A Victim of Flattery?
We have all experienced a compliment that didn’t sit right. Instead of feeling affirmed by it, you may have felt confused or even used by the person complimenting you. For example, you might be called “smart” because your classmates want you to take the bulk of the group project. You might be called “assertive” because your sibling doesn’t want to ask for directions. You might be called “strong” because your friends need some helping moving on Saturday. Whatever compliment you’ve been given, you may have been a victim of flattery.
On the surface flattery and praise can sound similar, but at the core they are exact opposites. You cannot tell from the comment “You’re so nice”, whether it is flattery or praise. The nature of praise is authenticity. It derives from a genuine delight in something observable. If someone is praising you for being nice, they genuinely believe you are nice and value kindness. Flattery, in contrast, is insincere. A flatterer either doesn’t genuinely believe what they are saying or doesn’t really care if it’s true and valuable or not.
Sometimes, flattery can be easy to detect immediately, or simple to discover over time. Often this is because we can feel the manipulative effects of flattery, but how do we know if our words are praise or flattery? It’s much harder to judge our own words rather than someone else’s. Authentic praise tends to be more natural and specific while flattery is artificial and vague.
Natural or Artificial
Praise tends to be more natural than flattery. It’s an expression of delight in something valued. When we see a sunrise in the morning we haven’t spent the night before writing down the words to say to describe the beauty of red sky lighting up the horizon. We simply enjoy it and let it that enjoyment overflow naturally into expressions joy. If a boyfriend or girlfriend asks “What do you like about me?” the right answer is not “Let me get back to you”. No, we let our enjoyment overflow into praise! “You’re beautiful!” You’re wonderful!” “You’re amazing!” This is not to say that genuine praise cannot be thought over and written down into poems, songs, stories. However, those poems and songs are an expression of a genuine delight that come naturally Only, the right words needed to be thought over in order to express the true emotion.
Flattery, on the other hand, is artificial. It has a goal beyond the enjoyment of the object. Flattery is utilitarian in nature. When we use flattery, we butter someone up in order to get something from them. It could be their intelligence, strength, or beauty. Maybe we just want them to like us. Flattery is a tool we use to get something that we value more than the person we are flattering. When that happens, we are communicating that this person is less human than ourselves. They are not worth the time and effort it takes to give sincere praise.
Specific or Vague
Have you ever been given a vague compliment? Someone tells you that you’re nice or smart or pretty, but they don’t seem to know why exactly. Maybe you are smart and nice and pretty, but maybe you’ve never thought of yourself as particularly nice. Perhaps you’re thinking of earlier that day when you yelled at your housemate for leaving the fridge open. Praise is a genuine delight in something that is valued. It begins with a particular instance in time and space that sparks joy in the beholder. This means that praise can be backed up with specific examples. Those moments in time can be evidence to show the praise is trustworthy. Flattery doesn’t come from a joyful moment, but a desire to get something from someone. A person using flattery tends to not put in the effort to think of a specific time you’ve been nice or a particular thing about you that is beautiful.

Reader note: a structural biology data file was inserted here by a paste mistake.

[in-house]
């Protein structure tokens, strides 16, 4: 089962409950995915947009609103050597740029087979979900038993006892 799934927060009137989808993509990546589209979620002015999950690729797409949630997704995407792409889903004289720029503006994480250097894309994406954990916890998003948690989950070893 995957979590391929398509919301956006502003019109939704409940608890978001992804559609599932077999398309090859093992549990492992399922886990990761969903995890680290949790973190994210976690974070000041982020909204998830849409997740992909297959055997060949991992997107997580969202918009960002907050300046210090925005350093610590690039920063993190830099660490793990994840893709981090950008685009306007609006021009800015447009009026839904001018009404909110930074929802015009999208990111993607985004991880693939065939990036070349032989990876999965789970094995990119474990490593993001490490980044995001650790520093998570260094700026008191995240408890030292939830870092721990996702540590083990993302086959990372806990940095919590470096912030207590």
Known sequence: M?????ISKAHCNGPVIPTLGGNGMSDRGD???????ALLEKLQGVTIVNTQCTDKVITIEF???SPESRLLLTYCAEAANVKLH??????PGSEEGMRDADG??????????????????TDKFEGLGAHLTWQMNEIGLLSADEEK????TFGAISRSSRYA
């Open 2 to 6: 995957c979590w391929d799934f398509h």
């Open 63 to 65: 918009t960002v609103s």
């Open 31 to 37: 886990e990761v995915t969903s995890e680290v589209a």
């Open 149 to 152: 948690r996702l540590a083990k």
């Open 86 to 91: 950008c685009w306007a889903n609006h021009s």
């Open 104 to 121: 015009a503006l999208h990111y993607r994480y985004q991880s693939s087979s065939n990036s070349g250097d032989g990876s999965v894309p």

A friend once gave me a compliment and my first question was “Can you tell me how you have you seen that in me?” I genuinely wasn’t sure that the encouragement was accurate and I need some evidence. She began to tell me five different instances that she had seen in the past week that affirmed what she was saying. That was praise worth enjoying. I could tell from the specific examples that this was something she actually believed and valued in me. This does not mean that all praise is specific. Sometimes it can take someone a while to recall the exact moment that led to the praise. Flattery, as well, can be specific if it helps to get the flatterer what they want. Because of this, you may not always be able to tell when someone is praising or flattering you. However, this knowledge should help you discern whether you are the on the giving end of either praise or flattery.
When Do You Feel Joy?
A great way to tell if your words are praise or flattery is when you feel joy. If praise is an expression of delight in something you value, then you can expect to feel that joy before you even praise somebody. You have already noticed something that brings you joy and you are happy to let them know what you’ve seen or heard. Your words should make you happy and maybe even a smile to your face as you say them. Joy can be infectious so you can also expect to see a smile brighten the face of the friend you’re talking to.
Flattery, in contrast, will only bring joy when you get what you want. True authentic praise finds joy before the words leave your mouth because they are an expression of joy. Allow the words you speak onto others be an outpouring of what is truly in your heart, rather than a tool to get what you want.
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